Perspective

25 03 2009

matthew-henry1Many years ago, Matthew Henry, a well-known Bible scholar, was once robbed of his wallet. Knowing that it was his duty to give thanks in everything, he meditated on this incident and recorded in his diary the following:

Let me be thankful, first, because he never robbed me before; second, because although he took my purse, he did not take my life; third, because although he took all I possessed, it was not much; and fourth, because it was I who was robbed, not I who robbed.





Uncommon Prayer

23 05 2007

Will you help me to be less quick to judge
……and less righteous in my indignation?
Will you help me to be more open to life
……and to other people?
Will you give me confidence enough to be less defensive
…..and less ready to react to rebuffs?
Give me steadiness and firmness
…..and true commitment to the life of faith. Amen.

A Book of Uncommon Prayer
Kenneth G. Phifer





Fire-Breathing

11 04 2007

“Lord, teach us to pray.”
(Luke 11:1)

Love is kindled in a flame, and ardency is its life. Flame is the air which true Christian experience breathes. It feeds on fire; it can withstand anything, rather than a feeble flame; but when the surrounding atmosphere is frigid or lukewarm, it dies, chilled and starved to its vitals. True prayer must be aflame.

–E.M. Bounds, “The Necessity of Prayer”





If Men Would Pray

2 04 2007

“If men would pray as they ought to pray, the marvels of the past would be more than reproduced. The Gospel would advance with a facility and power it has never known. Doors would be thrown open to the Gospel, and the Word of God would have a conquering force rarely if every known before.”

–E. M. Bounds





For The Tired Of Pacing

9 03 2007

I found Foster’s prayer refreshing. I’m making it my prayer today…perhaps it is yours as well…

Blessed Savior,

I pace back and forth at the altar of commitment. I really do want a fixed habit of prayer. At least, that is what I want right now. I’m not sure if that is what I will want two weeks from now. I do know thatfeetandsurf.jpg without some kind of consistent communion with You I will not know holy obedience. So, as best I can, I promise to set aside time regularly for prayer, meditation and spiritual meditation. Strengthen me in this covenant. Help me to so delight in Your presence that I will want to come home to You often.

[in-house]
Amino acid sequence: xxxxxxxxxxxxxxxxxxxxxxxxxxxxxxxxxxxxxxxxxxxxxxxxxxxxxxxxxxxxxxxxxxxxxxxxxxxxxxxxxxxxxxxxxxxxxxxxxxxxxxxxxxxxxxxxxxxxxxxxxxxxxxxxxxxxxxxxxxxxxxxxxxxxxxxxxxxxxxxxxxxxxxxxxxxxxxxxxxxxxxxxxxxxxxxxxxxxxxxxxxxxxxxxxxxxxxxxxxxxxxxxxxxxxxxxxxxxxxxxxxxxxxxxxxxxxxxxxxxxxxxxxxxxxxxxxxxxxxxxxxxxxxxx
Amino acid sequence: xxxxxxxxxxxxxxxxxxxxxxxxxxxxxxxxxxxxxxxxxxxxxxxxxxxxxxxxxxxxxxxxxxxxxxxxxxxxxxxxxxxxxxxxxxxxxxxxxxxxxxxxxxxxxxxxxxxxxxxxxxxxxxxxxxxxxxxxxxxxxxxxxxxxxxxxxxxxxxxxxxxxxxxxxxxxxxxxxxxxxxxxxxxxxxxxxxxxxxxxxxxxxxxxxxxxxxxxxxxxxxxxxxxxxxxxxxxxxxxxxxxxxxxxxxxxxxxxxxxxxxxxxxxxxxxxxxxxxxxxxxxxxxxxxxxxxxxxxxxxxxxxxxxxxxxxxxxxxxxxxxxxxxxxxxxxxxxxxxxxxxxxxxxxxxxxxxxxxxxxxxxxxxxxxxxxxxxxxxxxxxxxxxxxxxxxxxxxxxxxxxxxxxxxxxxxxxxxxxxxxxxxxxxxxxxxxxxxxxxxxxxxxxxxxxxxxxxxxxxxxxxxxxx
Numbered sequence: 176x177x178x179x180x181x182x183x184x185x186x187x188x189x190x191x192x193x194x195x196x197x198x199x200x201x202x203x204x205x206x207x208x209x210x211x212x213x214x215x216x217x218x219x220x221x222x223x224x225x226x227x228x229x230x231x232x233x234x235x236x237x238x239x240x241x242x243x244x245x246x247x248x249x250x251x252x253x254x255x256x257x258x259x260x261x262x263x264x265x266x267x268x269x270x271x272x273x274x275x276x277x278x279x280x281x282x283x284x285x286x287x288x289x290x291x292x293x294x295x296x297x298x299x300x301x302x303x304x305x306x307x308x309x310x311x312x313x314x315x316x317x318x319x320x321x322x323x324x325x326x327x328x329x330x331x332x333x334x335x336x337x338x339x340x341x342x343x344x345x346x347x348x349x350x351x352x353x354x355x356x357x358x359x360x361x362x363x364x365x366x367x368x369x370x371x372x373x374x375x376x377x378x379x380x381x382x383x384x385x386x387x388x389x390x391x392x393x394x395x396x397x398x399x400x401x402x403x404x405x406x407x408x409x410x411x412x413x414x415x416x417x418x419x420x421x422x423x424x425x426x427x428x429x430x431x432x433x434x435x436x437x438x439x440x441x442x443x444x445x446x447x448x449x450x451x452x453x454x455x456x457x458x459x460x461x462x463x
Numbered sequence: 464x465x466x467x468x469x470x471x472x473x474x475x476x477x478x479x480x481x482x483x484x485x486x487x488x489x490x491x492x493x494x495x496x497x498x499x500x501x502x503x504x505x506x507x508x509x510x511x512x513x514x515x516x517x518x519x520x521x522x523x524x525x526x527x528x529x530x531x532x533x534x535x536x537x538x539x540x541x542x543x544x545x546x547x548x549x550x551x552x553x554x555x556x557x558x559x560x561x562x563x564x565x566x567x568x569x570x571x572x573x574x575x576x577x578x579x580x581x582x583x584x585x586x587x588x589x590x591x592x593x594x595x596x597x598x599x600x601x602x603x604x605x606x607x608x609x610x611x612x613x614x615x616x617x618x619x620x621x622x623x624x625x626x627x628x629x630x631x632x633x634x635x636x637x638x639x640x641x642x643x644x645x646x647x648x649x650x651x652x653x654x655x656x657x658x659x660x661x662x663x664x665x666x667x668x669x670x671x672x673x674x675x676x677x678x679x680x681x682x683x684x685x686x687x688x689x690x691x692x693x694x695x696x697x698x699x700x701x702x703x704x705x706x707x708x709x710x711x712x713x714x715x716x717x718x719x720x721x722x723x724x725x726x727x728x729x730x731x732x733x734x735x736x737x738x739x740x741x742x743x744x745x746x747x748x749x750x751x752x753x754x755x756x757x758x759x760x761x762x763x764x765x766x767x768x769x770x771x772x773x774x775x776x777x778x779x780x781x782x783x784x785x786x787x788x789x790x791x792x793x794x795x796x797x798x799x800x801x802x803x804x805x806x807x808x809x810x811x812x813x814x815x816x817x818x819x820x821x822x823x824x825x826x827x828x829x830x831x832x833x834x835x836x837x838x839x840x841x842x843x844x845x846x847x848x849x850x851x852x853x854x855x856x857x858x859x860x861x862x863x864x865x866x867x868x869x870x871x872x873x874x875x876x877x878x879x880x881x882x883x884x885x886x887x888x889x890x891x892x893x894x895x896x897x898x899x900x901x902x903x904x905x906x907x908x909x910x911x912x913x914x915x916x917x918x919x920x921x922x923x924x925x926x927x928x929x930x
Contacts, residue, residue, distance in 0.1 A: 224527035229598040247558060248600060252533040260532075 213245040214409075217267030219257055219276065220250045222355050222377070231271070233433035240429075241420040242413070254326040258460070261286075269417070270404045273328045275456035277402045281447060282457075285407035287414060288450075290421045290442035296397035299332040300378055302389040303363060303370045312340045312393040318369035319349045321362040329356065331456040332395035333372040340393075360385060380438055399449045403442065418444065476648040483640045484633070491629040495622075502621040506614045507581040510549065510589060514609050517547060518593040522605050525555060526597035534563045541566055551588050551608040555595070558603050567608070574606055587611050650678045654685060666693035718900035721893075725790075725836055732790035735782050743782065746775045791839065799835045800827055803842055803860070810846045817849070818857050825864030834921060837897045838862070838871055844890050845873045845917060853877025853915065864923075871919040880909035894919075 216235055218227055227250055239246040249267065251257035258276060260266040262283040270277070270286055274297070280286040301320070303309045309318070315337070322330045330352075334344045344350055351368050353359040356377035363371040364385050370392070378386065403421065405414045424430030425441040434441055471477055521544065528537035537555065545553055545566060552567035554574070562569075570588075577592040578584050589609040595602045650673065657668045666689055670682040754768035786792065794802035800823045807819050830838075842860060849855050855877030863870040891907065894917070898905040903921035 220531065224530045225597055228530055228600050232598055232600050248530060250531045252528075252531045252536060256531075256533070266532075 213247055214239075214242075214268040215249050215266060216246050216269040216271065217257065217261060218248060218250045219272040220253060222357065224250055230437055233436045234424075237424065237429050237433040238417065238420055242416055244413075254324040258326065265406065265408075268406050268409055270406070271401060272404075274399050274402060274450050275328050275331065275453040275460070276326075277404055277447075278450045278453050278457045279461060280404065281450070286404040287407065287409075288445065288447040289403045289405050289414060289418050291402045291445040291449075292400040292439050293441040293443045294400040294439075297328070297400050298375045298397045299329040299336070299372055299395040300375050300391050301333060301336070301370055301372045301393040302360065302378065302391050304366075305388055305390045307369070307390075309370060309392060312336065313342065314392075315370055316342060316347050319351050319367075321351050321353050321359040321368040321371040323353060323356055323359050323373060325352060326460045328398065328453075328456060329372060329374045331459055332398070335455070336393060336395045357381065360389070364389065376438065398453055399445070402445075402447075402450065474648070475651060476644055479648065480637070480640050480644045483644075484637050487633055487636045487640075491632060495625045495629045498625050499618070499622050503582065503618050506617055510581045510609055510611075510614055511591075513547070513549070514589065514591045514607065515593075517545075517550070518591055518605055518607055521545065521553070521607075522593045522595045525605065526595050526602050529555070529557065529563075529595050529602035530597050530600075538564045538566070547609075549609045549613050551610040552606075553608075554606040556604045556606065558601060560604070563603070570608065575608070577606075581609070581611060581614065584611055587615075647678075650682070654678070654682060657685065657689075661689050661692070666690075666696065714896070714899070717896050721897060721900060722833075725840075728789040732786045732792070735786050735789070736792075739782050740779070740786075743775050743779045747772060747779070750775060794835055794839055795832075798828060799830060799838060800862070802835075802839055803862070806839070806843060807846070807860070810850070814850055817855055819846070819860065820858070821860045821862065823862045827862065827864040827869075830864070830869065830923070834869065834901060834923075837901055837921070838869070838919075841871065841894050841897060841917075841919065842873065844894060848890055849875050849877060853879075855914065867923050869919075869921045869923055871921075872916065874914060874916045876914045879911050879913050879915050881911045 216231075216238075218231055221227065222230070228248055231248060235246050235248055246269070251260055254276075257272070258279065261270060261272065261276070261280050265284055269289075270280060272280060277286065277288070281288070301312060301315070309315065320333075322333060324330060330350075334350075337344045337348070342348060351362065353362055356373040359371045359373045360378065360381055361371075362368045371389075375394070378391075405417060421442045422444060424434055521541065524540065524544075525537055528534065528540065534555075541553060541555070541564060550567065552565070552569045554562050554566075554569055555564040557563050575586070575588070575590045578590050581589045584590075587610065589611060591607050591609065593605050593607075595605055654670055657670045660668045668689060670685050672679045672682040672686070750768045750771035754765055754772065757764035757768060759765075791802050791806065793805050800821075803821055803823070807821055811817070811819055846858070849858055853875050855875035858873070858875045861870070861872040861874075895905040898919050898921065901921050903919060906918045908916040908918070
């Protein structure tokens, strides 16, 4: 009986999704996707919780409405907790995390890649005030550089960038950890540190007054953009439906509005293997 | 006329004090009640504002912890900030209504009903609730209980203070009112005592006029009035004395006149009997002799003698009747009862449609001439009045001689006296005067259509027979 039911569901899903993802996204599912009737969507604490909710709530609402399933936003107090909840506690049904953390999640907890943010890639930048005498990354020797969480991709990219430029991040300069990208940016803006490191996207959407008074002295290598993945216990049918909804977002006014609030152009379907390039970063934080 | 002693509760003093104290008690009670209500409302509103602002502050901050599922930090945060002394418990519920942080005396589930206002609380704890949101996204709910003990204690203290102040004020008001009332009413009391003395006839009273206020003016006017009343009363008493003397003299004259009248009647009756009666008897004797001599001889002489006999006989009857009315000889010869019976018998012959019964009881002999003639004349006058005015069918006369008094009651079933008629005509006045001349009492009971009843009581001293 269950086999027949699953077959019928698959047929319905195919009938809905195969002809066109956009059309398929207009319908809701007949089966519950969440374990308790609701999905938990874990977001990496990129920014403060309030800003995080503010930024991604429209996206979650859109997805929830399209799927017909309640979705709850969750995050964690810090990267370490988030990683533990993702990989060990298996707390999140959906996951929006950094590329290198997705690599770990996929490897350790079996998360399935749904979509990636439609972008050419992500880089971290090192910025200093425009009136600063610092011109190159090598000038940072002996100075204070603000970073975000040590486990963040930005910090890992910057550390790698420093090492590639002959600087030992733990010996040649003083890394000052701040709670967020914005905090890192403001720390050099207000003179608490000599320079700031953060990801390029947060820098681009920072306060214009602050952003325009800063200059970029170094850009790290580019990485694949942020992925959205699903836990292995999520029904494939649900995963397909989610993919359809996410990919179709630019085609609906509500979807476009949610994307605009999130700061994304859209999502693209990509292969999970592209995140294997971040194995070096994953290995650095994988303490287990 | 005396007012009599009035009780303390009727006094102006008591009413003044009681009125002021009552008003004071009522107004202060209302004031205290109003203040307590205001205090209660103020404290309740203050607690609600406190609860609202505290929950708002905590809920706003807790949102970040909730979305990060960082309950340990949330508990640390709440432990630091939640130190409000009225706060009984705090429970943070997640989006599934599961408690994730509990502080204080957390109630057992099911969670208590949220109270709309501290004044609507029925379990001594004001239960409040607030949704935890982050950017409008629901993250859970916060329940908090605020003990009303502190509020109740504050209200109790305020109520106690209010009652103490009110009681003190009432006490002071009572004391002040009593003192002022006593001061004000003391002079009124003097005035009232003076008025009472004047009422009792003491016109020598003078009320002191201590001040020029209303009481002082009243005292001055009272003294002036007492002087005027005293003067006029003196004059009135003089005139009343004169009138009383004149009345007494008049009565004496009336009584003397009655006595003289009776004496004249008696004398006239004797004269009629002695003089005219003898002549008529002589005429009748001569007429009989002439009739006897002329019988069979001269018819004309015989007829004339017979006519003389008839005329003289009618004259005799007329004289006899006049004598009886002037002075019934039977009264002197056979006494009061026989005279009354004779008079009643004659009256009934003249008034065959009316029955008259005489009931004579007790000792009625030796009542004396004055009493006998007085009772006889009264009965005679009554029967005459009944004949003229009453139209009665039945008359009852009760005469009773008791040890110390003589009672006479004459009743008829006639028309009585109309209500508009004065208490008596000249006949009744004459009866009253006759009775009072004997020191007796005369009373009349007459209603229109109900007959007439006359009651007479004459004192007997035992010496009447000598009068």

In Your Name and for Your sake I make this covenant.

Amen.

–Richard Foster, Prayer: Finding Your Heart’s True Home, p77 (Chapter Seven: “Covenant Prayer”)





Quit (And Ask)

24 02 2007

“You do not have because you do not ask.”
(James 4:2)

child-praying.jpg

Sometimes you will hear people stand up in a meeting, not so frequently perhaps in these days as in former days, and say, “I am trying to serve God in my poor, weak way.” Well, if you are trying to serve God in your poor, weak way, quit it! Your duty is to serve God in His strong, triumphant way. But you say, “I have no natural ability.” Then get some supernatural ability.

The religion of Jesus Christ is a supernatural religion from start to finish, an we should live our lives in supernatural power, the power of God through Jesus Christ; and we should perform our service with supernatural power, the power of God ministered by the Holy Spirit through Jesus Christ. The Holy Spirit is promised to every believer in order that he may obtain the supernatural gifts which qualify him for the particular service to which God calls him (1 Corinthians 12:11). It is ours to have the power of God if we will only seek it by prayer in any and every line of service to which God calls us.

–R.A. Torrey (successor to D.L. Moody, Moody Memorial Church, Chicago)
Ask? You Have Not Because You Ask Not





Standing Close To The Flame

22 02 2007

“For our God is a consuming fire.”
(Hebrews 12:29)

burns_for_you.jpgThere comes a time in the life of faith when Jesus must die. For many people, the Christ who dies is an amalgam of their fantasies and our culture’s fancies. In our time, that often means this: Jesus is the nicest person we can imagine. He is a kindergarten teacher of humanity that is as vulnerable as a group of five-year-olds. So, of course, He does not raise His voice. He affirms and re-affirms our fragile self-esteem…

…This Jesus puzzles us, of course. He seems so nice; we can’t imagine why He doesn’t answer all our prayers or why He allows evil to run free. Consequently, we have our doubts, like everyone else in this age, wondering how a congenial Lord can be, well, so inattentive. Maybe He’s not really in charge after all. Then suddenly our faith is bolsetered by an inspirational best-seller about the best life of the purpose-driven life or the border-expanding life, and we’re ready to be patient with Jesus a little longer—as long as He keeps us feeling good about ourselves and optimistic about the tomorrow…

…Our culture would have us put our faith in a Jesus who is a mere bed of carnations. Interesting. Pretty. He adds color and fragrance to life and little more…The vision of the true Jesus compels reverence, silence and, yes, fear.

…We should be afraid…But we are nonetheless drawn near to the very thing that can hasten our death if we are not careful. We are sane to be afraid. And we would be fools not to draw closer.

–Mark Galli
Jesus, Mean and Wild: The Unexpected Love of an Untamable God, pp175-9